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Ta Som

Angkor, Cambodia

Temple of the Forest

Situated east of Neak Poan temple and reservoir, the small 12th century temple of Ta Som displays the Bayon style of architecture, known for ornate carved faces adorning its towers. Constructed under the reign of King Jayavarman VII and dedicated to his father, Ta Som features impressive examples of intricate Apsaras and depictions of deities across its weathered sandstone. Wandering through Ta Som’s atmospheric ruins, one truly appreciates the ingenuity of Angkorian architecture, even after exploring the more well known temples. Nowhere was this more apparent than the back corner of the temple grounds, where an ancient doorway had become entirely enveloped by the knarled trunk of a massive strangler fig tree. We stood amazed at the blend of nature's raw power and human craftsmanship, as intricate columns and carved lintels were fused with the twisting folds of the living tree.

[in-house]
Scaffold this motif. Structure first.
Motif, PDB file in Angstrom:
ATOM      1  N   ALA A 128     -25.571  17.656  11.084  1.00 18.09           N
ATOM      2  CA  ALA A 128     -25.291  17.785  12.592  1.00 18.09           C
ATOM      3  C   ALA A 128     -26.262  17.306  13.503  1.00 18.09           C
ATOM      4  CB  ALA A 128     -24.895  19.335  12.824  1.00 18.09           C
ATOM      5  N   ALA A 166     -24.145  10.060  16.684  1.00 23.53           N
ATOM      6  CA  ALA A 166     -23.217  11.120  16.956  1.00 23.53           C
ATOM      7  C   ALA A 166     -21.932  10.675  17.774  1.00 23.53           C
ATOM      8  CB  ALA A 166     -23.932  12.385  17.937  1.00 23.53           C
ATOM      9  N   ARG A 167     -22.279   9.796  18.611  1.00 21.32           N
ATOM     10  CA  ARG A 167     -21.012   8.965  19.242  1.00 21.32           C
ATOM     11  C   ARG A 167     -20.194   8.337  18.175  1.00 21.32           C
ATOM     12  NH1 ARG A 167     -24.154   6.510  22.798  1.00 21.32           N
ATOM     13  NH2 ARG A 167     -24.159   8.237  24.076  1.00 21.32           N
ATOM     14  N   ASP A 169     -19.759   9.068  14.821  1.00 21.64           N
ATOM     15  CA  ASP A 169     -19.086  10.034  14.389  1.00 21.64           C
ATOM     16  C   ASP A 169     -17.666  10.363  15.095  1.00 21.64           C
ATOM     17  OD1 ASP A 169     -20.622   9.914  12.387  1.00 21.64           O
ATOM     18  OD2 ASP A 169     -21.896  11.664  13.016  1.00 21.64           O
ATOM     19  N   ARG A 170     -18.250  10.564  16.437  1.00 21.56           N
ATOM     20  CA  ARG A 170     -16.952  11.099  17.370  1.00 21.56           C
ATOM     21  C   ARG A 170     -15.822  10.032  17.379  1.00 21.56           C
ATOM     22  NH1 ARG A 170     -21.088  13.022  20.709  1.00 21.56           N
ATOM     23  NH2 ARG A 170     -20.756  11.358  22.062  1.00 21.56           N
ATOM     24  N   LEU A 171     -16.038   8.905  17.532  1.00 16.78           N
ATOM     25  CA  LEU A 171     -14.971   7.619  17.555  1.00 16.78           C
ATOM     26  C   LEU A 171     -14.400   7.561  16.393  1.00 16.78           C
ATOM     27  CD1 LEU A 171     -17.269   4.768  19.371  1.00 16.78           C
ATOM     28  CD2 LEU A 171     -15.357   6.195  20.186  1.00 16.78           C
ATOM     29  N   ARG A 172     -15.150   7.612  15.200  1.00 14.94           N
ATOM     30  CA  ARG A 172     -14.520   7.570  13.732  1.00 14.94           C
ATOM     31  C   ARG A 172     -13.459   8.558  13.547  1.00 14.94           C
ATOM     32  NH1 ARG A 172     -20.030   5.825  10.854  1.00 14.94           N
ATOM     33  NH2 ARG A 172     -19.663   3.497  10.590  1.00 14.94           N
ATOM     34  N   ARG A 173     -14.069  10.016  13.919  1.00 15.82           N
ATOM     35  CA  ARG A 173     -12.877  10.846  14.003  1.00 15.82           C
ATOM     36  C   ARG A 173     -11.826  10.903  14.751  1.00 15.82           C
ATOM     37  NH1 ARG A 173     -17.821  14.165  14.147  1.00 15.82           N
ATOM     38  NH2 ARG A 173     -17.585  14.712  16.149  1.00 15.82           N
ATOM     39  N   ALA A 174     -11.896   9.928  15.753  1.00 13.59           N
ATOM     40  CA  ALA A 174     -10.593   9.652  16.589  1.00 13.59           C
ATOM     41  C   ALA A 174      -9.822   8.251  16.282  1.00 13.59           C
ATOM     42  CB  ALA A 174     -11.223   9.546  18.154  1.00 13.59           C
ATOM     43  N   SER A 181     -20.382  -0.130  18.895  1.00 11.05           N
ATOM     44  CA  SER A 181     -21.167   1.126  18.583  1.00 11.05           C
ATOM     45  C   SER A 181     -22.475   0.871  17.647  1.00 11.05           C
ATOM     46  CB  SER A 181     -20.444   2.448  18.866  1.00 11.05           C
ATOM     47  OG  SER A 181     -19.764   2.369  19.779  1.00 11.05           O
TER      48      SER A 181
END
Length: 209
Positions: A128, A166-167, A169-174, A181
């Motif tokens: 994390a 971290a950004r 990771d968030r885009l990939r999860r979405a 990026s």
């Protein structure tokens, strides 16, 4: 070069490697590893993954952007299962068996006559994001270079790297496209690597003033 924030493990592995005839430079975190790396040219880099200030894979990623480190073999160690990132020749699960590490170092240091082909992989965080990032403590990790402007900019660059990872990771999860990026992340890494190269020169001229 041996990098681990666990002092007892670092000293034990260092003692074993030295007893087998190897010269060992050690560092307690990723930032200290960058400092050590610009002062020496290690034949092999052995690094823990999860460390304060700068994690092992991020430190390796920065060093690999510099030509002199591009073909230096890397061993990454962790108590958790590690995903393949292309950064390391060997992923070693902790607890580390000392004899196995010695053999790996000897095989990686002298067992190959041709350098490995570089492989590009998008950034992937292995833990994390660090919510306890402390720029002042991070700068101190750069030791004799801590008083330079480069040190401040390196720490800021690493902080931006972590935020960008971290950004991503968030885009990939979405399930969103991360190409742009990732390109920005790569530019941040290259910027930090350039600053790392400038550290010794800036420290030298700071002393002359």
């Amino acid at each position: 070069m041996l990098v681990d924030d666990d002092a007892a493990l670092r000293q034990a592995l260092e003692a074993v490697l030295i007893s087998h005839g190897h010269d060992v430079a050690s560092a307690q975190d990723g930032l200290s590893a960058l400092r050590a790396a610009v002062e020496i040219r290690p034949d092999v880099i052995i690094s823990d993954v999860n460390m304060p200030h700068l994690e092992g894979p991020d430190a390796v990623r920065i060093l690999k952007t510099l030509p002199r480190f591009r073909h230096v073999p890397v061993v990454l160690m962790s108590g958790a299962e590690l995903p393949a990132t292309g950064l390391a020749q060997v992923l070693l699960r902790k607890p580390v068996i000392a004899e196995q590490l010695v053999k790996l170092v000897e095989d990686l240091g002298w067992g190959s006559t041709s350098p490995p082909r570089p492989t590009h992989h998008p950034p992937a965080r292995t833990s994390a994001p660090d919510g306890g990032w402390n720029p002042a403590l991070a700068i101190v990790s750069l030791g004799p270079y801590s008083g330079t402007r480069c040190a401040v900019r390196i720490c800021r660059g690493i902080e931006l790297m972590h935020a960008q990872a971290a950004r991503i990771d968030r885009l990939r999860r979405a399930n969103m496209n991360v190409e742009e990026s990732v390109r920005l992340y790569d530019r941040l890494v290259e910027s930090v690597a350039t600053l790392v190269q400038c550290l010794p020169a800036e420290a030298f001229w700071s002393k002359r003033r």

Today Ta Som stands as an evocative monument combining religious dedication and artistic splendor. While sacked and damaged over the years, impressive remnants of ornate stonework and imposing trees offer a glimpse into Angkor’s past. Here the strength of nature both destroys and renews, reclaiming the temple while enhancing its awe-inspiring beauty. For us, Ta Som exemplified Angkor’s magic, where even a small and much less visited temple in the back corner of Angkor still possesses wonders that make you stand in awe, and disbelief.


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Situated within Angkor Archaeological Park, east of Angkor Thom, in Siem Reap, Cambodia


Constructed in late 12th century under reign of King Jayavarman VII


Served as a Hindu temple dedicated to the king's father, featuring Bayon style architecture


Stands as an evocative monument in partial ruin, with remnants of intricate carvings and structures fused with trees and jungle foliage


Ta Som

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Temple of the Forest


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